Monday, 27 June 2011

That lovely new smartphone could be costing you more than you think

(Illustration only)
SPAIN (El Pais) The incentive of a new, latest-model smartphone for less than its market price is a popular reason for 'porting' , or moving, one's cellphone number to another operator. Yet doing so ends up being quite expensive for customers, says DoctorSIM, a consulting firm that specializes in telephone rates. Some 60 percent of portability transfers between the main operators Movistar, Orange and Vodafone are due to offers involving subsidized cellphones. Clients pay less than the full retail price for a state-of-the-art phone in exchange for signing a contract of one year or more. In the end, these customers will end up paying their new operator 261 euros more than they should during the first year, according to DoctorSIM.>>>
Movistar (Telefónica) leads the way with 63 percent of new clients attracted by subsidized smartphones, followed by Vodafone (58 percent) and Orange (55 percent). Meanwhile, virtual cellphone operators that opted for more competitive rates without offering subsidized phones only managed to draw 306,344 clients away from other operators, or seven percent of the total.

In 2010, nearly 2.4 million people transferred their numbers to another company to obtain a subsidized phone. The strategy followed by the three main players links the cellphone to contract clauses "that guarantee revenues that are higher than the price of the subsidized phone," says the DoctorSIM report. For instance, clients porting their number to Movistar to get a new cellphone will end up paying an excess 296 euros; those going over to Vodafone will pay an additional 273 euros and in the case of Orange, the figure is 216 euros.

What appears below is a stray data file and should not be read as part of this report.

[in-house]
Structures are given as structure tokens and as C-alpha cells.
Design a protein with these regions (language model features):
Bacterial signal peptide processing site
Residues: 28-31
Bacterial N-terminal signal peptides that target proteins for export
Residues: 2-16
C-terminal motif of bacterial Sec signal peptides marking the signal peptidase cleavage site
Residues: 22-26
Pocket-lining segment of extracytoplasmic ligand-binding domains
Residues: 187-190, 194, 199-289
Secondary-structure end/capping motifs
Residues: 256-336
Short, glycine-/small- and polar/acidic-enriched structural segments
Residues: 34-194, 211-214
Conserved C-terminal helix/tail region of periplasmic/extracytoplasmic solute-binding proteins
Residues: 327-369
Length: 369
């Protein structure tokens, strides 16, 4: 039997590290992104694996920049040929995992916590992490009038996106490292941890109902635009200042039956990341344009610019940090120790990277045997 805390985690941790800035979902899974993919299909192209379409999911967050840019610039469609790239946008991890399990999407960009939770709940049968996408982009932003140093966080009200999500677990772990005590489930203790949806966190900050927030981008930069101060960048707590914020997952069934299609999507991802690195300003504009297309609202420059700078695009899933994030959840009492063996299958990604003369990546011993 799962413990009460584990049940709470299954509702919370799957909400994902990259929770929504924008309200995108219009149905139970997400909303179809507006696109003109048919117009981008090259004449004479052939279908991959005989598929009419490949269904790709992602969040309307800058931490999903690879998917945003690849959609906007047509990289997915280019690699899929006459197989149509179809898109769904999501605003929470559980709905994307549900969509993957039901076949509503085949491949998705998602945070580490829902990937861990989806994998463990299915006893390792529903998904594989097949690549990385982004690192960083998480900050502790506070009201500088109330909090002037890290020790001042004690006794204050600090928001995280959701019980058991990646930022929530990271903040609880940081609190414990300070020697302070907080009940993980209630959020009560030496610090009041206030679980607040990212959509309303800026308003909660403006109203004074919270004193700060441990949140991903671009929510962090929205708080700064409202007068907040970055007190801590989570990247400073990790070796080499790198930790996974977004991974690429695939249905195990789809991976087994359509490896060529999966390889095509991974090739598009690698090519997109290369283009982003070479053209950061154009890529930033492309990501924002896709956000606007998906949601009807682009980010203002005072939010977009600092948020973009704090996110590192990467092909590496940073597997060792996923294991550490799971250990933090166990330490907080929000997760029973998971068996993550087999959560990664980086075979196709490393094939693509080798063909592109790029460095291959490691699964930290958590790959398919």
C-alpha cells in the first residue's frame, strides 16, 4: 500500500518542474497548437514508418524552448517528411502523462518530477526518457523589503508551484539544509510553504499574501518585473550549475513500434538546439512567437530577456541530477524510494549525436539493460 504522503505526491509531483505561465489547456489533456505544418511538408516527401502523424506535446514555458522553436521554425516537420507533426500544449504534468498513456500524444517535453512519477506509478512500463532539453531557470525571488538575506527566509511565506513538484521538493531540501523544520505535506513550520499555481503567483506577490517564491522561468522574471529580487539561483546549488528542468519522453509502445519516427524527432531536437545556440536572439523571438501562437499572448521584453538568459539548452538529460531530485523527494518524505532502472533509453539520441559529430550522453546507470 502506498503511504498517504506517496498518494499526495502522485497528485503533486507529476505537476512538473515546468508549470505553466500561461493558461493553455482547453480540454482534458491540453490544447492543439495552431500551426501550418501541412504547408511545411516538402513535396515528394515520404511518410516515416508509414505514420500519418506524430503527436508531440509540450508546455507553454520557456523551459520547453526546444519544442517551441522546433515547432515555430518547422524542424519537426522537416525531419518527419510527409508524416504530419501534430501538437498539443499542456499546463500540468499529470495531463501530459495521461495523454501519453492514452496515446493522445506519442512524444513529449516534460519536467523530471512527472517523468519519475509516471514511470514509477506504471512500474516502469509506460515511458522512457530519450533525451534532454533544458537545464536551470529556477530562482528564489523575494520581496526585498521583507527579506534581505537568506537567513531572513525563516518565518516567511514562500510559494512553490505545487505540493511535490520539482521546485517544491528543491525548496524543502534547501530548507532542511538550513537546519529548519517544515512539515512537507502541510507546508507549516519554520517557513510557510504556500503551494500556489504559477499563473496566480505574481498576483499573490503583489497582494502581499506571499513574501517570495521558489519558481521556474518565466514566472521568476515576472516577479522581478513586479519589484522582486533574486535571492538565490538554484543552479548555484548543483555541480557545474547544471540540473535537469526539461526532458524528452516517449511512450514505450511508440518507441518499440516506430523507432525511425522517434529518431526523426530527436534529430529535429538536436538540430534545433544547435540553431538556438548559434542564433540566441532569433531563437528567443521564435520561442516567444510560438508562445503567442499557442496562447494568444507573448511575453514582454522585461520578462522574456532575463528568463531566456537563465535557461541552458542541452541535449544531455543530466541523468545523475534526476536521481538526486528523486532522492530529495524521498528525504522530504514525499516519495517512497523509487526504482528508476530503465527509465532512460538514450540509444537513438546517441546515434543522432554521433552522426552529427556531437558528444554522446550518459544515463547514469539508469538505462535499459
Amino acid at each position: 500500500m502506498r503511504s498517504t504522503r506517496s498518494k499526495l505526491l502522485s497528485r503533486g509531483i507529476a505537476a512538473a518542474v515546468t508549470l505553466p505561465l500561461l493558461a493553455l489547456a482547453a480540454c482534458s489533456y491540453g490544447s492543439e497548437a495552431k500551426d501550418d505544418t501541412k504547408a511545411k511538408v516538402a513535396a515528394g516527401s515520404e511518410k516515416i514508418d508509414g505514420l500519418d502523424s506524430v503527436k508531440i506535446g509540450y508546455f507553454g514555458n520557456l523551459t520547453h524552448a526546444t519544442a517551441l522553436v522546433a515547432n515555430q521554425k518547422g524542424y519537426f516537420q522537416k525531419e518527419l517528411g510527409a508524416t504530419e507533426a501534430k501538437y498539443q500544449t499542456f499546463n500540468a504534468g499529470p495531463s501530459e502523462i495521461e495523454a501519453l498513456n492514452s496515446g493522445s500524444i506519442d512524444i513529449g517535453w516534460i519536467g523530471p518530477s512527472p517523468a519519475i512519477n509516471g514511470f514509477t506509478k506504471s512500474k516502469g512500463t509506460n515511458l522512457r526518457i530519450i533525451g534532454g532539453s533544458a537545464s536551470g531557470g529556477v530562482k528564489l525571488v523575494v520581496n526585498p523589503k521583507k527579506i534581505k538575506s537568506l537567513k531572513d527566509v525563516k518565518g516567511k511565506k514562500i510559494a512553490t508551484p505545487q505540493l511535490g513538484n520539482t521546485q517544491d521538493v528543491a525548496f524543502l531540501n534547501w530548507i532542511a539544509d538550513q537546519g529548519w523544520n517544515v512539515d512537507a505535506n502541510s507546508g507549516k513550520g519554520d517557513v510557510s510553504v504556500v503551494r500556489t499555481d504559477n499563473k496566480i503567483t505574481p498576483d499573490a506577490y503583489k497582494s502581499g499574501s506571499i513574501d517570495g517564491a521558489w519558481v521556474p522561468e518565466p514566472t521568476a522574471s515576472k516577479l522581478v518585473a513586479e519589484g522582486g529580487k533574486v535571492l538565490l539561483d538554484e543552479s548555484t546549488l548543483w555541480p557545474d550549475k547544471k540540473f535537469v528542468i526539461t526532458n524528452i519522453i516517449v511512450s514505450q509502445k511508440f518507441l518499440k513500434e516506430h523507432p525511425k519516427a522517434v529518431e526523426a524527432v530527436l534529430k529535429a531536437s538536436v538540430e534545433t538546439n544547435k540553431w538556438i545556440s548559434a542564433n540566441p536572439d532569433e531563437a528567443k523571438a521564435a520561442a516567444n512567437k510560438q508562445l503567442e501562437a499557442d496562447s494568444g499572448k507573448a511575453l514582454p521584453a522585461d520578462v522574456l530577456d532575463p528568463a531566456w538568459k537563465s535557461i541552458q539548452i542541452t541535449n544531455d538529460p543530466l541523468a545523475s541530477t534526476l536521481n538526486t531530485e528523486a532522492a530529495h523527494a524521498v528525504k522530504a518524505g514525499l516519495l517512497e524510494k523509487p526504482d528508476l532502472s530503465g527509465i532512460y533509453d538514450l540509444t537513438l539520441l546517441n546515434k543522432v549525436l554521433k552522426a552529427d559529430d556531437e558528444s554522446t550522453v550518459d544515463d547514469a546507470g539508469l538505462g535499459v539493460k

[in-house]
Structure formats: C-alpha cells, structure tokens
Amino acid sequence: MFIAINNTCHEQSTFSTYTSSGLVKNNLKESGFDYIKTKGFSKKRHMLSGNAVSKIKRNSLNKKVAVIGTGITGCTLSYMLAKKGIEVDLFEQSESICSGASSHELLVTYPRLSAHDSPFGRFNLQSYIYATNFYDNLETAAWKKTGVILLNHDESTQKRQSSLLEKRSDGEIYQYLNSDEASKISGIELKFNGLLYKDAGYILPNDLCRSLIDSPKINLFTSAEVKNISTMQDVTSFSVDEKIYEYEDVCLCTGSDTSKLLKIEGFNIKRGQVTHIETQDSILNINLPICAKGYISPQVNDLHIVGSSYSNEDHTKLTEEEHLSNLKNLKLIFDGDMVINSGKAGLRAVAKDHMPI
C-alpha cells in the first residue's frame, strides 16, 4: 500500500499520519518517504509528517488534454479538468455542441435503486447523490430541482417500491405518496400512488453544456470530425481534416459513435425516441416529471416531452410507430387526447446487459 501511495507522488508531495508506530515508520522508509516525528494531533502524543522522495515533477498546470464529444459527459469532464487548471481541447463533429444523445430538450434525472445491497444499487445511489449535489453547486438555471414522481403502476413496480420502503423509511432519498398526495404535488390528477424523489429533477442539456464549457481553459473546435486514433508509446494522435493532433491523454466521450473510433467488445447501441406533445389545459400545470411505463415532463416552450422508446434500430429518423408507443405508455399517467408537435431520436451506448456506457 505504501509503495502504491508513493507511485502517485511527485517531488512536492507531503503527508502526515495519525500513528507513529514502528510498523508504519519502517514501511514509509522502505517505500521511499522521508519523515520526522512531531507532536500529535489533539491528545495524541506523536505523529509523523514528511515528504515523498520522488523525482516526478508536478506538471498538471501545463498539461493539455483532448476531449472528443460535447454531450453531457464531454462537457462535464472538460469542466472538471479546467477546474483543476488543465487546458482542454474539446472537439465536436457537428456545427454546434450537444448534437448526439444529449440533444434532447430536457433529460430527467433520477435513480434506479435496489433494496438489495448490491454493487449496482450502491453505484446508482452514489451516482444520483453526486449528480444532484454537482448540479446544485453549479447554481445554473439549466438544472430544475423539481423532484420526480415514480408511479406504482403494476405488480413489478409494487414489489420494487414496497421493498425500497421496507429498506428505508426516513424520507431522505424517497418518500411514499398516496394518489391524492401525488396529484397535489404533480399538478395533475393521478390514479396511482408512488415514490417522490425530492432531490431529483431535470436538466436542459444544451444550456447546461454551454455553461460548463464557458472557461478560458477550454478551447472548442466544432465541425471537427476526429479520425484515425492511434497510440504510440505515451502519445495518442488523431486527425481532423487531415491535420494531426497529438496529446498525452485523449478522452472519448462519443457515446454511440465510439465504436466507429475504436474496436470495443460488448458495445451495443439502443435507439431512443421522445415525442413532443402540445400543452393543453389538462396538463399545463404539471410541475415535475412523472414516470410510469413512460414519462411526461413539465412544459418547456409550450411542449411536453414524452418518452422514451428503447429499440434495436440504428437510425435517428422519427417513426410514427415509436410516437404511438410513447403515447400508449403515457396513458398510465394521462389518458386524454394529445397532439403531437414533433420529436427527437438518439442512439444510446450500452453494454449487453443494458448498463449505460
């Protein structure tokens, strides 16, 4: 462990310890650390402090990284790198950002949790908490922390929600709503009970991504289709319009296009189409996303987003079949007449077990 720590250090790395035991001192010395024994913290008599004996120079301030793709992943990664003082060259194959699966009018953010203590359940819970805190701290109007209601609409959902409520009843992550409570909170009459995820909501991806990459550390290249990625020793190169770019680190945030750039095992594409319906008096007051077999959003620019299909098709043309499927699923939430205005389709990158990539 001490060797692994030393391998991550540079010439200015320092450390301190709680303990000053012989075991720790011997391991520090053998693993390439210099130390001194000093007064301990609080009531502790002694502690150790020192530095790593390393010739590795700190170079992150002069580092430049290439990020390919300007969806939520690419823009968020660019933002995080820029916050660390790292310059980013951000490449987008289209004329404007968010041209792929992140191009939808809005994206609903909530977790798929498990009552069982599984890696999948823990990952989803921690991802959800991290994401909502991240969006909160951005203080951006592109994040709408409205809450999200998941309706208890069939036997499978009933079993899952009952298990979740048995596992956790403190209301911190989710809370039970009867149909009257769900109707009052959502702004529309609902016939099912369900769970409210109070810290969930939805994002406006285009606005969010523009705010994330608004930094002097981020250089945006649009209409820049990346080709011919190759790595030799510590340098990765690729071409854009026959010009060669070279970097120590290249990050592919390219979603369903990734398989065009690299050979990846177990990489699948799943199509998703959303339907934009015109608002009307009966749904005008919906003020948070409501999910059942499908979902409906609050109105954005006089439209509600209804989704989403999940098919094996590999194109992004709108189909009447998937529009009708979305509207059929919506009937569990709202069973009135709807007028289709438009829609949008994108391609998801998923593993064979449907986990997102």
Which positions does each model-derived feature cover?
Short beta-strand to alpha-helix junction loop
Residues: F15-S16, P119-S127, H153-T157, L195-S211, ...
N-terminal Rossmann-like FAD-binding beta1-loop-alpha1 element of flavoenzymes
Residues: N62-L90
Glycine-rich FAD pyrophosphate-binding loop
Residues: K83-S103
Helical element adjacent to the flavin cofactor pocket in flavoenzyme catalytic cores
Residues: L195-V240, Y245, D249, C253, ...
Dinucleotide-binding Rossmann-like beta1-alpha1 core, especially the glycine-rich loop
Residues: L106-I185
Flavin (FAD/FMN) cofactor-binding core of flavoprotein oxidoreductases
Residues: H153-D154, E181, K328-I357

This extra cost is partly due to contract conditions, which force clients to sign on for a minimum of between 12 and 24 months. The DoctorSIM report considers that phone rates become obsolete within six months due to competition. "This rigidity forces clients to pay up to 20 percent more than they would with a plan better tailored to their consumption patterns," reads the study.

Operators claim that rate changes do not happen that fast. "If we consider a client with an average monthly bill of 30 to 40 euros who is looking for a good phone, the model based on a market-rate phone and free choice of rates would be wearisome, as it would force the client to be always on the lookout for new rates and would also mean a greater expense every time they wanted to change phones," says an Orange representative.

The phone-and-plan package is "much more favorable for the client than other (options) where you pay 400 euros for a no-contract phone without a guarantee from the operator and a much cheaper monthly rate," says a spokesperson for Movistar.

"The clients really value subsidized phones," adds someone from Vodafone.

Porting one's number to another company for the sake of a smartphone comes with plans of 15 to 25 euros a month during the minimum term, although over 50 percent of clients never use the full quota of megas, says DoctorSIM. Clients wishing to rescind their contract get penalized with large fees."The fact is that 90 percent stay with the contract," says the Movistar representative.

Before signing anything, DoctorSIM, which has over 250,000 clients, says to select plans that adapt to one's real consumption, choosing a phone with features that will actually be used, finding out how much that same phone would cost on its own, and comparing the price difference between the subsidized-phone-and-minimum-term scheme and the market-price-and-no-term option.

Héctor Meana, director general of DoctorSIM, admits that virtual cellphone operators are shaking up the status quo. "But there is still a lot of resignation out there. People think that operators are a disease that they have to suffer."

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